“Cela est bien, repondit Candide, mais il faut cultiver notre jardin”
– Monsieur de Voltaire

Above is the final line of Voltaire’s Candide, a book I read just before coming to Princeton at the start of this academic year. Responding to the book’s optimistic philosopher Pangloss as he raves about how “this world is indeed the best of all possible worlds,” Candide responds that “this is well put, but we must cultivate our garden.” Although its meaning may well be nothing more than its literal meaning per se, I believe that by the end of the book Candide comes to the insight that the world does not progress just the way it is meant, nor that it is the best of all possible worlds. In this realization I believe that Candide refers to the garden as an analogue for his own life and destiny, meaning we are the harbingers of our own destiny. We must tend to ourselves and our life in order to flourish like a well kept garden.

Since coming to college I have been trying very hard to cultivate my garden in order to flourish at Princeton. Indeed that seems like a natural thing to do when the motto of the University, Dei sub numine viget, literally means under God’s power she flourishes. In this attempt to make sure not to waste a moment here I have been studying fortuitously; before fall break I would spend long nights perfecting papers and finishing problem sets meticulously. Furthermore I wrote posts for this blog in quick succession. I wasted no time getting to know people, hear their story and tell them mine – building excellent quality friendships. It was great fun to be active and constructive, constantly producing something, be it a wholesome friendship, a quality paper or a simple blog post.

Surely, you see the but coming from a mile a way. Indeed, however much fun it is to be creative and make ripples, there has to be balance, quite like in all other parts of life. In my case balance restored itself by my watching six seasons of a TV show (that I had already watched once before) in the span of around three weeks. Hardly validating my earlier post on being afraid of missing out here on campus. By committing to production, creativity and a regime of production I forgot to allow things to slow down, the result of course being my binging of White Collar (an excellent show I do feel the need to point out).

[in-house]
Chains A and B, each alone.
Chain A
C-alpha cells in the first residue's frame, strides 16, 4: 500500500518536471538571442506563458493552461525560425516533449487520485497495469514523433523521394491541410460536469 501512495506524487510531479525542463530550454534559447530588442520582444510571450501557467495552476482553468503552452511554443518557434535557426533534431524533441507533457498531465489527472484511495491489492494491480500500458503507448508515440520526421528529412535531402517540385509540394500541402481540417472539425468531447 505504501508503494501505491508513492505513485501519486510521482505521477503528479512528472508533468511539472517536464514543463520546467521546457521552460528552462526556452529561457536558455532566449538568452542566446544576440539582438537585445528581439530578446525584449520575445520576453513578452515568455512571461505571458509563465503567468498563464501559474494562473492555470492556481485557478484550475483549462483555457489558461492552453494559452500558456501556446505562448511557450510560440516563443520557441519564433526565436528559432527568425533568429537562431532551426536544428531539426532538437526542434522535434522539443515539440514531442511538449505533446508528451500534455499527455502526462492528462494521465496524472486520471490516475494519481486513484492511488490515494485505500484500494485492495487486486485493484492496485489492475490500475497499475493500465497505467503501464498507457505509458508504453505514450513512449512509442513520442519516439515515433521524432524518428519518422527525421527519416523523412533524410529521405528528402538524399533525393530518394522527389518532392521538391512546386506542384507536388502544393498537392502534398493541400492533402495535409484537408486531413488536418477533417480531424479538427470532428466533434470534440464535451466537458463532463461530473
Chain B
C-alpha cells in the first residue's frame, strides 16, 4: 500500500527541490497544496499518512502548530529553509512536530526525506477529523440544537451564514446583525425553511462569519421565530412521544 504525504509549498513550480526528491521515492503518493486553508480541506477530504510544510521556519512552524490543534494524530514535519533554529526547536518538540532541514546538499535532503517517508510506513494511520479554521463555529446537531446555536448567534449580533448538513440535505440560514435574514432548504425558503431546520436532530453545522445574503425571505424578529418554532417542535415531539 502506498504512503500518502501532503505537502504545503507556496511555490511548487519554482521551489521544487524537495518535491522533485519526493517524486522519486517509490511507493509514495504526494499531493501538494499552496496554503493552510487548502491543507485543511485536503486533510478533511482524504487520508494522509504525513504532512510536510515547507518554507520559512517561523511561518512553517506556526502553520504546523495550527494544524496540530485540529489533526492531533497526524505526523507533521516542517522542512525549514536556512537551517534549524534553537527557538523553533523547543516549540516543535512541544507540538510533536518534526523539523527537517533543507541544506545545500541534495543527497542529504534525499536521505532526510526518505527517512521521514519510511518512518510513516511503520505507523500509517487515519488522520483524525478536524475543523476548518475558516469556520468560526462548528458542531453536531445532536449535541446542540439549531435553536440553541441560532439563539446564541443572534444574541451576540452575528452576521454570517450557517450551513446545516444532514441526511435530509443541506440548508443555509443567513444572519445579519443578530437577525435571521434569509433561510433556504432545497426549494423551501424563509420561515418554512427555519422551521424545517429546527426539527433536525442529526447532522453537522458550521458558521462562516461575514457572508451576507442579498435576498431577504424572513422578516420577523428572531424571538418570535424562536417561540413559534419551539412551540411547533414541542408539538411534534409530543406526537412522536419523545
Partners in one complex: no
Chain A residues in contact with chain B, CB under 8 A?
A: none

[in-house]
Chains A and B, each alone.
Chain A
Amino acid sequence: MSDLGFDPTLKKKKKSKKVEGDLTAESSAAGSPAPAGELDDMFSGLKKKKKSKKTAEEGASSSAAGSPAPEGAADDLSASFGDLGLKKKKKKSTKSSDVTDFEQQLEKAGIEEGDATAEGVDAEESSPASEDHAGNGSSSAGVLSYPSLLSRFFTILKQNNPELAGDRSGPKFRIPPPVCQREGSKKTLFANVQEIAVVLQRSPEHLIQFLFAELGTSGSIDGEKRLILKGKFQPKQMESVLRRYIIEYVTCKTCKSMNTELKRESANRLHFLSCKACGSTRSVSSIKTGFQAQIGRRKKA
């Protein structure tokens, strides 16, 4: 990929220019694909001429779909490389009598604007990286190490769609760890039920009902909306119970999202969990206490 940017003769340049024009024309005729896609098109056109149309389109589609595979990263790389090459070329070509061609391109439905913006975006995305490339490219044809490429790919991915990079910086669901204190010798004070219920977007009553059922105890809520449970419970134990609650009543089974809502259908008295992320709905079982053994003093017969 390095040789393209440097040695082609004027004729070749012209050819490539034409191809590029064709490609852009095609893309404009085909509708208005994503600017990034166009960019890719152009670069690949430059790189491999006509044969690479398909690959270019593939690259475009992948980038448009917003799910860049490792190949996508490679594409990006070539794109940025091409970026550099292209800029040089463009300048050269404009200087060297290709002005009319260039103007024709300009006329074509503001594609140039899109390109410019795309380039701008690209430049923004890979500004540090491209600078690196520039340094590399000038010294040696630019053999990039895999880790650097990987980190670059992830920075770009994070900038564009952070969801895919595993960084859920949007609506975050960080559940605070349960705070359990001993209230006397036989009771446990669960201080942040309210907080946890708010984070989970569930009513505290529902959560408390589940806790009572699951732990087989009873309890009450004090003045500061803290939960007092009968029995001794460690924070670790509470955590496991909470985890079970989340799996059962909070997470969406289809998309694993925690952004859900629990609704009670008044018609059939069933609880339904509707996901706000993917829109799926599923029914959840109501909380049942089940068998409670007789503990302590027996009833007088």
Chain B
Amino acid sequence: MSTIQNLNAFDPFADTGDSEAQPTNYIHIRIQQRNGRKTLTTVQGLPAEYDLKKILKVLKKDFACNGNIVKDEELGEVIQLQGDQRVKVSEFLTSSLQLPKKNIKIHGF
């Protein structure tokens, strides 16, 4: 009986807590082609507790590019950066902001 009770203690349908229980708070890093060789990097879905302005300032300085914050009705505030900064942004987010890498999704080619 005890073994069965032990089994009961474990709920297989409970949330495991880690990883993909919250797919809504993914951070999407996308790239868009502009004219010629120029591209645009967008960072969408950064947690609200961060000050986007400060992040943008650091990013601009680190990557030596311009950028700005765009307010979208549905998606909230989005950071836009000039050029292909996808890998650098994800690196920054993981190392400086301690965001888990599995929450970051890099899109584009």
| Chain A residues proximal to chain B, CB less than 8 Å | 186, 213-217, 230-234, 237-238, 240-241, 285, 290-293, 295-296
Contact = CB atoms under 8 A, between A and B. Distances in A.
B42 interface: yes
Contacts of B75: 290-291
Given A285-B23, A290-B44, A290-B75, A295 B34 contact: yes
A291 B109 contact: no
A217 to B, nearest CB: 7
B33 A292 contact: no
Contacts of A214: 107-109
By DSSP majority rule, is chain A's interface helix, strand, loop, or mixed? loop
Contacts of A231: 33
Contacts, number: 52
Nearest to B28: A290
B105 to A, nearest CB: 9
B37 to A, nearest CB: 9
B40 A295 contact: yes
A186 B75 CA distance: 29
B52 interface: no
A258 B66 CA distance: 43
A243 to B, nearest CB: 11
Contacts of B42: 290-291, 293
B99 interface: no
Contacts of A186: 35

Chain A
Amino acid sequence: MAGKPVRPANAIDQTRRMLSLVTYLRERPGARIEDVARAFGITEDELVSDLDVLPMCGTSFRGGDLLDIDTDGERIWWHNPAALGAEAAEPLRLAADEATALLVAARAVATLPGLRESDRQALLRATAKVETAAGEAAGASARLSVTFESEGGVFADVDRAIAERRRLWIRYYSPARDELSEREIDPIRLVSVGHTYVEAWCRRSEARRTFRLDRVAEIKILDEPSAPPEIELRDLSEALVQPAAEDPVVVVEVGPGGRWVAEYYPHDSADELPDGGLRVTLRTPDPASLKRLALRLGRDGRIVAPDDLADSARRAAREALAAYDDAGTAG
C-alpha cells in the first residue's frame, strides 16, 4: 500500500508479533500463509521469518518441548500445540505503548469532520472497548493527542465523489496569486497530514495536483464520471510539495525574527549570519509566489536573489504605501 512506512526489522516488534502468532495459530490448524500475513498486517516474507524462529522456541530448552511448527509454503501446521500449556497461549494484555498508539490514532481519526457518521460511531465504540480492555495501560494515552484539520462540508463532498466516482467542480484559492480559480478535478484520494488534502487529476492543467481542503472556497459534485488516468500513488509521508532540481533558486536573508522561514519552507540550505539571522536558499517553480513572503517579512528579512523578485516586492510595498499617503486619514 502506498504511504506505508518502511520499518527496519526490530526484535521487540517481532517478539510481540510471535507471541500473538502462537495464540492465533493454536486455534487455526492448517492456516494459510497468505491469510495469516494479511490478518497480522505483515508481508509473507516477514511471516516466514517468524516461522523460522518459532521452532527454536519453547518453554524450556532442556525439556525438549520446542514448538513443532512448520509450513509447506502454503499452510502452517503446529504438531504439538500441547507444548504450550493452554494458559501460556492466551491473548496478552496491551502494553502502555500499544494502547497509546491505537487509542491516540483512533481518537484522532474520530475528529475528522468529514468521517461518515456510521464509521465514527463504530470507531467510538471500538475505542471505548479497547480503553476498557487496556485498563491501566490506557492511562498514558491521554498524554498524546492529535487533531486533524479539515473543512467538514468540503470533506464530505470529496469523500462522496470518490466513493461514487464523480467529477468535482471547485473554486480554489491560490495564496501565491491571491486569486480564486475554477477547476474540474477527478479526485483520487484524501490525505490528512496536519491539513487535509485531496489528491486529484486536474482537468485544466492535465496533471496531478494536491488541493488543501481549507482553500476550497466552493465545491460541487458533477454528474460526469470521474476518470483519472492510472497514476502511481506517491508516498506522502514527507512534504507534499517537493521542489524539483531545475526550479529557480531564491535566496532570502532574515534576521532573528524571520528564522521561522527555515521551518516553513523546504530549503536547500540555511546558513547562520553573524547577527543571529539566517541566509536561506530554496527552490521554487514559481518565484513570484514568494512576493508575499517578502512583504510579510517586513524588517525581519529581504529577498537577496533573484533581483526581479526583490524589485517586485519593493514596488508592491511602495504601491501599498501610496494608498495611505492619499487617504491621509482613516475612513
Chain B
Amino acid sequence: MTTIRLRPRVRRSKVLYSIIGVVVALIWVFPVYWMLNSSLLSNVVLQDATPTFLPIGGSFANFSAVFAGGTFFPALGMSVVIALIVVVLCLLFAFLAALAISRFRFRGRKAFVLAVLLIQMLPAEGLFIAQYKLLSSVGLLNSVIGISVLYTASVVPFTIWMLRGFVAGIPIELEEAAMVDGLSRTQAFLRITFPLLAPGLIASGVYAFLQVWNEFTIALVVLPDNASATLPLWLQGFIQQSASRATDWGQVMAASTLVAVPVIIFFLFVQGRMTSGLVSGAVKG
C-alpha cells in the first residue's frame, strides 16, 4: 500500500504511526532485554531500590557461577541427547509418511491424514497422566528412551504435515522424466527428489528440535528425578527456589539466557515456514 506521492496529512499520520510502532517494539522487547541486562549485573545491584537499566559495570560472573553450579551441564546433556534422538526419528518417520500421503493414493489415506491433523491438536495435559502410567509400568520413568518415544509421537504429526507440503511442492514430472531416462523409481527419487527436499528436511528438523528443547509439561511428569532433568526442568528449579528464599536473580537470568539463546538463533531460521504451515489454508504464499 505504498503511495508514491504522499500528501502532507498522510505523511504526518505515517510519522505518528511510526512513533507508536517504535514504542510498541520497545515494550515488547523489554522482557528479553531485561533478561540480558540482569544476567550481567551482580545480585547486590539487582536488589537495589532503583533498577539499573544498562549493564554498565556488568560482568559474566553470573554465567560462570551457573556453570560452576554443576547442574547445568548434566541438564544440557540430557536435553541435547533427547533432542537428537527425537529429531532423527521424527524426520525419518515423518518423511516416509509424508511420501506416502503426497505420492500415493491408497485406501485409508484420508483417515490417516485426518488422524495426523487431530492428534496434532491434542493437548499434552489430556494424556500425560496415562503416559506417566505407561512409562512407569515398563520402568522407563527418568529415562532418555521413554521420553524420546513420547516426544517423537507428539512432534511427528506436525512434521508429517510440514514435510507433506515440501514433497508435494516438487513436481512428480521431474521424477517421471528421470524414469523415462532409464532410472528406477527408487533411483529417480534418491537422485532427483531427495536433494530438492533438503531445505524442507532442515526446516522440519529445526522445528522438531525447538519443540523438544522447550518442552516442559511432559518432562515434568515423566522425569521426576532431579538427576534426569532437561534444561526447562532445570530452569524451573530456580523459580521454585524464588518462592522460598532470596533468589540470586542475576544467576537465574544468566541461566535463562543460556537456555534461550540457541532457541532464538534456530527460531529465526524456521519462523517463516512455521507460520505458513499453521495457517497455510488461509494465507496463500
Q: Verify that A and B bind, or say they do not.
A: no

As the semester slowly comes to an end I am starting to fall into a more stable balance. The trick to it, I have found, is to read (or in my case listen to audio books) rather than to watch a show, when I need a healthy dose of passivity and consumption. Although the two words certainly carry a negative connotation of laziness and boredom, far from all consumption is bad. In finding material that is not tailor-made to reel the consumer in with an unexpected cliffhanger at the end of each forty minute episode, I have found it easier to stop when it is time to work and as such I have found better balance.

Let this be a warning to those of you like me. No matter how much one wants to create, produce and form ripples – one must also allow oneself to sit back and consume, rejuvenating in doing so. Hopefully this lesson, now learned for me, will make the coming years just a bit easier. More importantly though, I am fortunate already to have learned the lesson of realizing my mistakes, admitting to them, and learning from them – which is what this is all really about.